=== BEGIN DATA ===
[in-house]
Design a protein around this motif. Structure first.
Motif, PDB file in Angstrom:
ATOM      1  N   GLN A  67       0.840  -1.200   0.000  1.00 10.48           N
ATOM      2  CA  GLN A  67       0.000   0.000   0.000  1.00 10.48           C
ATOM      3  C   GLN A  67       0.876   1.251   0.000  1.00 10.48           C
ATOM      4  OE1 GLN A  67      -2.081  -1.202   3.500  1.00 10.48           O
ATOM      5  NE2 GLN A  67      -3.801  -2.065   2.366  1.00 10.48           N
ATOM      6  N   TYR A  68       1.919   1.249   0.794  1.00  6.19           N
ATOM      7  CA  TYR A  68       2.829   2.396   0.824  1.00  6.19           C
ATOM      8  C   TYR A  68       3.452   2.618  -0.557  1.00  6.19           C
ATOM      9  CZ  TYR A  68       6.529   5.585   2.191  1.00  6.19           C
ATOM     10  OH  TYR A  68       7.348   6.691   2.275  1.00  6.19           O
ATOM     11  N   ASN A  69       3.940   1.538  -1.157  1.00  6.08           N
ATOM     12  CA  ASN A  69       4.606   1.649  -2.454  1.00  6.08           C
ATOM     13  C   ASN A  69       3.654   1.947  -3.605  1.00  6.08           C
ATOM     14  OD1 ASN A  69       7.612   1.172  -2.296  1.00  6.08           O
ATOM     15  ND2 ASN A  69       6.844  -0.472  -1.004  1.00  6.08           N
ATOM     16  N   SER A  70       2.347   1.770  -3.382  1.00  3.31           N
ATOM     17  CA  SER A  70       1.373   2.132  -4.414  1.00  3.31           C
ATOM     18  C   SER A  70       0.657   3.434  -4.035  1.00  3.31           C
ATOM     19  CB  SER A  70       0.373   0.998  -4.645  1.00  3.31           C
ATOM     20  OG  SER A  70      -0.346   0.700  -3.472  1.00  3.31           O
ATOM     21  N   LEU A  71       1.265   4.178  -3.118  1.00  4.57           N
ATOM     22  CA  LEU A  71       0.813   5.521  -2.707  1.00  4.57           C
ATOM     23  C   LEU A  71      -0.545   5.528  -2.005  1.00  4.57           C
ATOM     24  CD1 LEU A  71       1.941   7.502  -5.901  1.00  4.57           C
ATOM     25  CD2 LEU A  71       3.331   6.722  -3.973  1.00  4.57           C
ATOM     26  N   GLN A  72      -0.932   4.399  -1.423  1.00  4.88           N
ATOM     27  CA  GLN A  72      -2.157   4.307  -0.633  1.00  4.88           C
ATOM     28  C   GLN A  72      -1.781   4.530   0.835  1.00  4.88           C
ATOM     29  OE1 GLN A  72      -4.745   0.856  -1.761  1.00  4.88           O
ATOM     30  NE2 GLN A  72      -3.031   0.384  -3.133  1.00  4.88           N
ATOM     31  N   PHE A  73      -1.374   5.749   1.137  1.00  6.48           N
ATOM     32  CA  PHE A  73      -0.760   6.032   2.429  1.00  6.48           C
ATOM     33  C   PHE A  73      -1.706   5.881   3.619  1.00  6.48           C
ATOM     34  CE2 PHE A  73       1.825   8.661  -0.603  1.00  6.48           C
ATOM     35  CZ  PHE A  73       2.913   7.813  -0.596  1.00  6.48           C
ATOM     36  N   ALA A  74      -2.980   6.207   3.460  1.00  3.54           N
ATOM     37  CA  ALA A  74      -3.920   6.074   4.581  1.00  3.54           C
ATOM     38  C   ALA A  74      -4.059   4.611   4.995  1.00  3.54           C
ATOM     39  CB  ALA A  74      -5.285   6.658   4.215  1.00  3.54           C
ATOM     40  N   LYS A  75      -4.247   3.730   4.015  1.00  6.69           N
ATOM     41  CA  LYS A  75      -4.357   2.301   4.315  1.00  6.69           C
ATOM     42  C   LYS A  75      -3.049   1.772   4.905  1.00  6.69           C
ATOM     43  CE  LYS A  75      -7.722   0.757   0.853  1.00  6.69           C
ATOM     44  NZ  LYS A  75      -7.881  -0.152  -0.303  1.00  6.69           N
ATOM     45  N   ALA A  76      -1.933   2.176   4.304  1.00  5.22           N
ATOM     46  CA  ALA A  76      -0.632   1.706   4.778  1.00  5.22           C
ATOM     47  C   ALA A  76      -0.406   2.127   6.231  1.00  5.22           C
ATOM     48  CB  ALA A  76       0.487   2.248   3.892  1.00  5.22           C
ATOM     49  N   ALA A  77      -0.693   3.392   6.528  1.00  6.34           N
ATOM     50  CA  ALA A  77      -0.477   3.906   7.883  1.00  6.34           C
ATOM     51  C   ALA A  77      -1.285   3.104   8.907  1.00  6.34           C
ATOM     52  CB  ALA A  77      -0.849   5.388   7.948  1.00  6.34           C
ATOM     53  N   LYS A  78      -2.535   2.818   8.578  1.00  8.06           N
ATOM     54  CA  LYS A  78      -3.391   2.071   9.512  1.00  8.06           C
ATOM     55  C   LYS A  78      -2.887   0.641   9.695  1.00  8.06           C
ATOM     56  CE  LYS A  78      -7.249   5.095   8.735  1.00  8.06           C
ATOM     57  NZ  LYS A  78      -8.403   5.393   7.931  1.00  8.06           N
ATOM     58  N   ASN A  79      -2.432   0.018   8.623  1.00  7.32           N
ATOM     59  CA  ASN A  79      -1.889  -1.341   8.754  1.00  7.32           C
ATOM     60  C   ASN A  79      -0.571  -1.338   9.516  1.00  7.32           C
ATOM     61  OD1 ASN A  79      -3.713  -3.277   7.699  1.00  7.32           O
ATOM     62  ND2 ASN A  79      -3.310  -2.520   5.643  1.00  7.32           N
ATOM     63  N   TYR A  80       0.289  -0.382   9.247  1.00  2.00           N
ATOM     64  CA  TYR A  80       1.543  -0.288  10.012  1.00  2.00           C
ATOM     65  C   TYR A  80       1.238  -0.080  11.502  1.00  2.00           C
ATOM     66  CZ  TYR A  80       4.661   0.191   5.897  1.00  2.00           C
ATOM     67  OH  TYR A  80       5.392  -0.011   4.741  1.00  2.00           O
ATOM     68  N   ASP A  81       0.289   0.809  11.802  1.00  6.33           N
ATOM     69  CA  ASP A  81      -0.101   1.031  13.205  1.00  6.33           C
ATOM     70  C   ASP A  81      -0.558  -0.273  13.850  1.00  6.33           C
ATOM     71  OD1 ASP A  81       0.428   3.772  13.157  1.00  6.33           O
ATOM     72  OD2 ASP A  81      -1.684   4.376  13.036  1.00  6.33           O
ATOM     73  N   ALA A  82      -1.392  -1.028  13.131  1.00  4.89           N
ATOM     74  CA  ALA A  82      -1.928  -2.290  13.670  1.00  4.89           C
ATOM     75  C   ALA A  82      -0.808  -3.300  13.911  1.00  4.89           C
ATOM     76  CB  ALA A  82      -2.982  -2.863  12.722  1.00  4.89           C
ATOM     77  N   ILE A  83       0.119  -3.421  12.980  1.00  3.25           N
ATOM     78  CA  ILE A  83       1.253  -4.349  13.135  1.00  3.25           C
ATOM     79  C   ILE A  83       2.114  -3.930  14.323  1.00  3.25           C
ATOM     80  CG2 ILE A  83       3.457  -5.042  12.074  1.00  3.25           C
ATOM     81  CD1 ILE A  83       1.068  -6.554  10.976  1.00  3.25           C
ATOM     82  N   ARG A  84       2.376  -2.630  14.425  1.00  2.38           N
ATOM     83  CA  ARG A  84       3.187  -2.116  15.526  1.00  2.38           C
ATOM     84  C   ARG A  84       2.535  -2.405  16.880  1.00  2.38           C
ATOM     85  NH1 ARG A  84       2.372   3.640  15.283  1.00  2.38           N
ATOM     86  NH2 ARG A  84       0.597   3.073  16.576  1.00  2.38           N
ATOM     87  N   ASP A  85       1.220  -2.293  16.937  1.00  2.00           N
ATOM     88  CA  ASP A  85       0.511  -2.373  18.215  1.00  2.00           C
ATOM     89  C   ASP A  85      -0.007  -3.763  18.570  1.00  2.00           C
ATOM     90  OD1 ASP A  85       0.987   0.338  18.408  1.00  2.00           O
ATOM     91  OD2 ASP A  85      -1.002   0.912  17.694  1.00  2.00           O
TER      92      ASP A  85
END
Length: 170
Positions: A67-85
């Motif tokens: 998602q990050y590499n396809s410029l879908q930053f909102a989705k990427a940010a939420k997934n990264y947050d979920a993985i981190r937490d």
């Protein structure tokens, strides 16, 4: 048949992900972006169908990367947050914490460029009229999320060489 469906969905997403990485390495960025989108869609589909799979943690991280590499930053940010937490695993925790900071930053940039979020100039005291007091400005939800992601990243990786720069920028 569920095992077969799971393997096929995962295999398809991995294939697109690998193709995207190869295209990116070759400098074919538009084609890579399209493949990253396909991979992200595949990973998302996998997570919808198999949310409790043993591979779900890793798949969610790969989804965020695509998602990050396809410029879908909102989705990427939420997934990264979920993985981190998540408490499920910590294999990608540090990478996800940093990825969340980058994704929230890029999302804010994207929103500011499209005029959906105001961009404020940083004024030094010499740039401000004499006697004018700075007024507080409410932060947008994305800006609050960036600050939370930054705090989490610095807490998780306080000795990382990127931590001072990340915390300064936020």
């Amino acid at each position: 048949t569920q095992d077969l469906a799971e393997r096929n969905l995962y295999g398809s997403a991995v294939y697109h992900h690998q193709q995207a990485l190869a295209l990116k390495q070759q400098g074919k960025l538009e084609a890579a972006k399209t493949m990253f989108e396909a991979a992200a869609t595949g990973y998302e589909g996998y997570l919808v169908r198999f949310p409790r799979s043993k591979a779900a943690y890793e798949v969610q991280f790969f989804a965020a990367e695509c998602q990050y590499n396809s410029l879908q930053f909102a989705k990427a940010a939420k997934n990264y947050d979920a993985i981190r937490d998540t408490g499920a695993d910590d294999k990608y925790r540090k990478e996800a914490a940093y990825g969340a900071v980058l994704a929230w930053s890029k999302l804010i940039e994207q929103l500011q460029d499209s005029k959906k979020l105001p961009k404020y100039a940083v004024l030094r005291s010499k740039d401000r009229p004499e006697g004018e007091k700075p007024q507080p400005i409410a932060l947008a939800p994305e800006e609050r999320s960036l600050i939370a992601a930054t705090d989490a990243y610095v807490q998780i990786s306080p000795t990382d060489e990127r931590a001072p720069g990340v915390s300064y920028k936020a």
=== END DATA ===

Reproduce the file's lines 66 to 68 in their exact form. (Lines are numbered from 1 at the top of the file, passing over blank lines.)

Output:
ATOM     63  N   TYR A  80       0.289  -0.382   9.247  1.00  2.00           N
ATOM     64  CA  TYR A  80       1.543  -0.288  10.012  1.00  2.00           C
ATOM     65  C   TYR A  80       1.238  -0.080  11.502  1.00  2.00           C